October is Italian Heritage Month; you may or may not be aware of this depending on which media sources you follow. This year, preceding Columbus Day, there was a controversy which wound up spilling into New York’s Columbus Day parade and ignited an unprecedented movement by New York’s still-vibrant Italian American community.

The seemingly well-intentioned campaign spawned by New York City’s First Lady called She Built NYC, which refers to itself as : “a public-arts campaign that honors pioneering women by installing monuments that celebrate their extraordinary contributions to the city and beyond,” wound up waking up a sleeping giant that many in New York forgot was there, Italian American Catholic pride.

This year’s She Built NYC campaign had 320 women nominated, amongst whom was Mother Frances Cabrini, a female Catholic Saint who was the first naturalized U.S. citizen to be canonized. Mother Cabrini, who will be the subject of an upcoming blog post from our society, helped countless immigrants in America and is credited with establishing at least 67 institutions such as churches, schools, hospitals and orphanages. Mother Cabrini’s work in New York spanned all five boroughs and beyond.


The Mother Cabrini float sponsored by the Archdiocese of Brooklyn and parishioners of the Sacred Heart and Saint Stephen church in Carroll Gardens, Brooklyn.

Despite Cabrini having the most votes, the She Built NYC campaign shrugged it off and elected their own winner instead. This infuriated New York’s Catholic community, specifically Italian Americans. The response was swift and deliberate. The Columbus Citizen’s Foundation accommodated a float with a statue of Mother Cabrini that was provided with support from the Archdioceses of Brooklyn and parishioners of Sacred Hearts and Saint Stephen in Brooklyn’s Italian enclave of Carroll Gardens. Italian Americans were overjoyed to see the float make its way down 5th avenue with Mother Cabrini proudly displayed not only out of love and devotion for the saint, but in defiance of the fashion in which the voting process was shamefully cast aside.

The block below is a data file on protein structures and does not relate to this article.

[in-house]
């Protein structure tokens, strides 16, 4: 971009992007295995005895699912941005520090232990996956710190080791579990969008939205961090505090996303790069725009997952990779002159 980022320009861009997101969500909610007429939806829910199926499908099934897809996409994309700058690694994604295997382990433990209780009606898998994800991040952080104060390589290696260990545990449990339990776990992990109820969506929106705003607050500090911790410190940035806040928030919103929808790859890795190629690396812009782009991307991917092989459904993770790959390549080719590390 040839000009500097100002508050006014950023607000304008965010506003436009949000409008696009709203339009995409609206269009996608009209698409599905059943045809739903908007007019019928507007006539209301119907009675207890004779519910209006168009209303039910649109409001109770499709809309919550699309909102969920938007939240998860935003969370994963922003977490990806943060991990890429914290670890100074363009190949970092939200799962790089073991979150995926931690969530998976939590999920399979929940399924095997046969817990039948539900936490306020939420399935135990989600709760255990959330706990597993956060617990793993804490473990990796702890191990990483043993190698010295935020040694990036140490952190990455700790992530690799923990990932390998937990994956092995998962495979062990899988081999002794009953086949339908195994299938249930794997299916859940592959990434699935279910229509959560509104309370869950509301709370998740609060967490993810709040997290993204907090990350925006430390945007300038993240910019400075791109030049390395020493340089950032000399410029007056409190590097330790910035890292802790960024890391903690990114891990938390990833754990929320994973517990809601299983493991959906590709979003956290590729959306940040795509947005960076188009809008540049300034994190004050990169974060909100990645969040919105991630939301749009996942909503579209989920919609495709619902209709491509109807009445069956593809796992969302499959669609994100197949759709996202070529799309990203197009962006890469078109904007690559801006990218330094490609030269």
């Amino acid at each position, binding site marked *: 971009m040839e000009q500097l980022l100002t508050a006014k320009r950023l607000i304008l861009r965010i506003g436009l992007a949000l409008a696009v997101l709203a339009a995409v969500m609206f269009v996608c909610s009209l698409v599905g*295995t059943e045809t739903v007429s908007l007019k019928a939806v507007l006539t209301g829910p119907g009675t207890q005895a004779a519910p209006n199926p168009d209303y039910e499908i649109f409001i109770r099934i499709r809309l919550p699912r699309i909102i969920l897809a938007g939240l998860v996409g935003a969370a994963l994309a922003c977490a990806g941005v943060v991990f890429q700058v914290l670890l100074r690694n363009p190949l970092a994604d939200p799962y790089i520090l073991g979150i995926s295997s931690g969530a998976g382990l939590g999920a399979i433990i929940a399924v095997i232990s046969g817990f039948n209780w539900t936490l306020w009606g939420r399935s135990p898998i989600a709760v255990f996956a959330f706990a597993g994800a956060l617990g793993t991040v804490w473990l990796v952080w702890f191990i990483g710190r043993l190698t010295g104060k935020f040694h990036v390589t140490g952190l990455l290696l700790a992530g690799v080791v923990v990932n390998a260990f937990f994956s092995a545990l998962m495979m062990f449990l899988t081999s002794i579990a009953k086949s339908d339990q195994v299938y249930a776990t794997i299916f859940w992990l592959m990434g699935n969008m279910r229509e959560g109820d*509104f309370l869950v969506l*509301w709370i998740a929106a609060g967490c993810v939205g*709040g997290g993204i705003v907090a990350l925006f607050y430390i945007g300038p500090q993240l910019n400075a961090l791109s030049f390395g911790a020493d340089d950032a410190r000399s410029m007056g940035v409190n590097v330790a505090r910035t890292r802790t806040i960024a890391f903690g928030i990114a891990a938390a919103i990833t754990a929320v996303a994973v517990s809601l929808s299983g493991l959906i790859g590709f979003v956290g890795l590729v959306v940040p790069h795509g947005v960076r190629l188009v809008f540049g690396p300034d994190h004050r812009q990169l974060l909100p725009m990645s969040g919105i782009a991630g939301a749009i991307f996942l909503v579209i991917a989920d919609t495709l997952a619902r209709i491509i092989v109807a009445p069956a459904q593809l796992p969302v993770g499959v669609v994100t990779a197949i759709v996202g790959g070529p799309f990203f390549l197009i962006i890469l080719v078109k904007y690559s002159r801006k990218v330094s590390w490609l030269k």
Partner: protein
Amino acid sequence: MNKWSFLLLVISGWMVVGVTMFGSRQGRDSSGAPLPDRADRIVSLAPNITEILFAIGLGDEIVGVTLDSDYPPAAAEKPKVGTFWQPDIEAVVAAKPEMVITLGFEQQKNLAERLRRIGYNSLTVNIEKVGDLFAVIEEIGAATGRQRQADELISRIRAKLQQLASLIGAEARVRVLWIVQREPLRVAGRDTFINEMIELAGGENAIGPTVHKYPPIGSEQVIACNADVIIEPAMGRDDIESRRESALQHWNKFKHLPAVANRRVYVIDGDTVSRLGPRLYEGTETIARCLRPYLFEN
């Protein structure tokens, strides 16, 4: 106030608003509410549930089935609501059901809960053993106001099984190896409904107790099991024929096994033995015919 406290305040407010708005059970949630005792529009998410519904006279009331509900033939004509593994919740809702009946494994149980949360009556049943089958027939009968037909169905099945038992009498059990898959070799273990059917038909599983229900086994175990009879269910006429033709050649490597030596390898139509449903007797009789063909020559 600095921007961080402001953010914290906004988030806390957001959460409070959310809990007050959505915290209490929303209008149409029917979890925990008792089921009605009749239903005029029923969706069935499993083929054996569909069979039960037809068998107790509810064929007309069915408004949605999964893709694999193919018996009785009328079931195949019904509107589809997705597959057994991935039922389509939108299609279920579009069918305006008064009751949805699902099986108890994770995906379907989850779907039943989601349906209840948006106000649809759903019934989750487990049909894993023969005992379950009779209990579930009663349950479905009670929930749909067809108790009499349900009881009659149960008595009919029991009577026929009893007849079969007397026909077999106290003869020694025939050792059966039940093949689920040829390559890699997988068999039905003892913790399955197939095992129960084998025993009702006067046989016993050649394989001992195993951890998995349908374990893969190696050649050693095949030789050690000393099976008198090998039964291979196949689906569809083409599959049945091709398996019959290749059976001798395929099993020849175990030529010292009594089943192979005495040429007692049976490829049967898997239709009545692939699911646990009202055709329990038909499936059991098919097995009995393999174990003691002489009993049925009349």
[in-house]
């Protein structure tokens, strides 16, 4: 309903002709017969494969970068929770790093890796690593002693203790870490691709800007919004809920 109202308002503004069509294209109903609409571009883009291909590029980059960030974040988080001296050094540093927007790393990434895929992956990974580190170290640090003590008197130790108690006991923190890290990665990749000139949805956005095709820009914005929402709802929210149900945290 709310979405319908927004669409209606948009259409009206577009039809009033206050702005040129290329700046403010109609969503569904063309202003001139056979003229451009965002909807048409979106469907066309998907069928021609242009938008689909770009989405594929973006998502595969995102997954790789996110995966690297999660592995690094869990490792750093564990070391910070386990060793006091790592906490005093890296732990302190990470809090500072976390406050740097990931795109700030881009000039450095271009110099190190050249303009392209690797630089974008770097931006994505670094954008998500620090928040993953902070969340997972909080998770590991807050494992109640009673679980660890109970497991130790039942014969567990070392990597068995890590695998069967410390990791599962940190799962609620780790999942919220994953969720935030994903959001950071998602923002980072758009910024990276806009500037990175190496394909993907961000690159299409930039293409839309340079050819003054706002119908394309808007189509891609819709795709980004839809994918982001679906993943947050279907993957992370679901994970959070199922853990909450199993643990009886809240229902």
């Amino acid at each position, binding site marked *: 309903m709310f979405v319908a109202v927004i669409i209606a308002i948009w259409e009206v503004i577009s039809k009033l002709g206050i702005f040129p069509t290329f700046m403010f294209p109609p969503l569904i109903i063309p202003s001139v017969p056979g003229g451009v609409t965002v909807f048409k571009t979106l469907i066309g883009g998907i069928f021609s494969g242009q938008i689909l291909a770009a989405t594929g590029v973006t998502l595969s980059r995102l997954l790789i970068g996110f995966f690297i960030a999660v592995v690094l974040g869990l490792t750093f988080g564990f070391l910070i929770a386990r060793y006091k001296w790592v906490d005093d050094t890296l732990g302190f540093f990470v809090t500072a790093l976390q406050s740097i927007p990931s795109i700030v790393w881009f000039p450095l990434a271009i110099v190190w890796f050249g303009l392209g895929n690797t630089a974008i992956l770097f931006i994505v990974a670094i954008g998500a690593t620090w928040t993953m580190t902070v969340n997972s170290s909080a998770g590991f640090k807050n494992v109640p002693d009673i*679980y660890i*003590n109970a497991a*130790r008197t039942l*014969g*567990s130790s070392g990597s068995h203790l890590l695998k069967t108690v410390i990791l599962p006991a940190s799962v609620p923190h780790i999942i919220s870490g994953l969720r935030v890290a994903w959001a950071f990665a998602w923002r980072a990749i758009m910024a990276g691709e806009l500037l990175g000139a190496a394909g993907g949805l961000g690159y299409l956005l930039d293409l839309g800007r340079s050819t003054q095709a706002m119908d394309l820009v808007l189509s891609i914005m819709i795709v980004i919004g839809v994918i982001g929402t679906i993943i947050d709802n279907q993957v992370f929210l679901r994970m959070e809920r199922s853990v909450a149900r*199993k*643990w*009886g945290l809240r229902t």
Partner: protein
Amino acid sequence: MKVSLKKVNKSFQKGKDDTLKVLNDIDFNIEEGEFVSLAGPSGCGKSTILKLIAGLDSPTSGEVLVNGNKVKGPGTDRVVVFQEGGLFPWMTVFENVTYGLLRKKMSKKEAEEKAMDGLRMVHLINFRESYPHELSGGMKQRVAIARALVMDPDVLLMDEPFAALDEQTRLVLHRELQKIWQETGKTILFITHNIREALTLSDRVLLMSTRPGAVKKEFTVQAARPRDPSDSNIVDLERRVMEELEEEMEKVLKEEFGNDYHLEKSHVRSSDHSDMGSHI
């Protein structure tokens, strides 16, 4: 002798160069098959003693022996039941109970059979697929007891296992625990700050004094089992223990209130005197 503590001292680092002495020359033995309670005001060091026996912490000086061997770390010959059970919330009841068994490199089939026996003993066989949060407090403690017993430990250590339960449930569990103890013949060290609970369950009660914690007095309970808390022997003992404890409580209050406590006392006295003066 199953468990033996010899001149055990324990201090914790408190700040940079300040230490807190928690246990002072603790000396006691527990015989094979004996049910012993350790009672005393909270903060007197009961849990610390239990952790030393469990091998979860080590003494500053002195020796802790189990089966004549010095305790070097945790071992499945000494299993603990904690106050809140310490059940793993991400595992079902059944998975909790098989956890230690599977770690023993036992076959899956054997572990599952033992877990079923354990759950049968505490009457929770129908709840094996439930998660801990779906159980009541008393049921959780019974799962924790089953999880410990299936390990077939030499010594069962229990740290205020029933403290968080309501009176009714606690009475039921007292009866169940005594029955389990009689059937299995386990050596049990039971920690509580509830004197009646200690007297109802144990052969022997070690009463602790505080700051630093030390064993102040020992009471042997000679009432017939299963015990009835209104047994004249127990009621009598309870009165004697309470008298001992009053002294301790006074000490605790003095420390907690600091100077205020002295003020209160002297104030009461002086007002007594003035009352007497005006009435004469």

The controversy brought out more Italians than usual in what amounted to a record number of parade participants and onlookers in recent history.

There were many organizations and societies marching in the parade this year which included the ISDA (Italian Sons and Daughters of America) whose accompaniments included an entourage from The Italian American Podcast. Also notably in attendance and marching were members of the Italian American Baseball Foundation.


Members of the Italian Sons and Daughters of America proudly march and wave the Italian flag. Photo Credit: Italian Sons and Daughters of America


Members of the Italian American Baseball Foundation and their families proudly march with their organization’s banner. Photo Credit: Italian American Baseball Foundation


Spectators with signs and flags that claim their Italian American pride. Photo Credit: Italian Sons and Daughters of America


Co-hosts of the Italian American Podcast, Rossella Rago and Cav. John Viola pose for a photo with two Columbus Day revelers. Photo Credit: The Italian American Podcast

The history of Columbus Day in America is a de facto celebration of Italian American contributions to our beloved country. Such contributions are impossible to fully detail but their immensity and ubiquity render the dismantling of this holiday a terrible slight to the values and hard work that not only built America but also preserved it with the blood of young Italian Americans in World War 2, Korea, Vietnam, the Gulf, and Afghanistan.

By: Raymond Guarini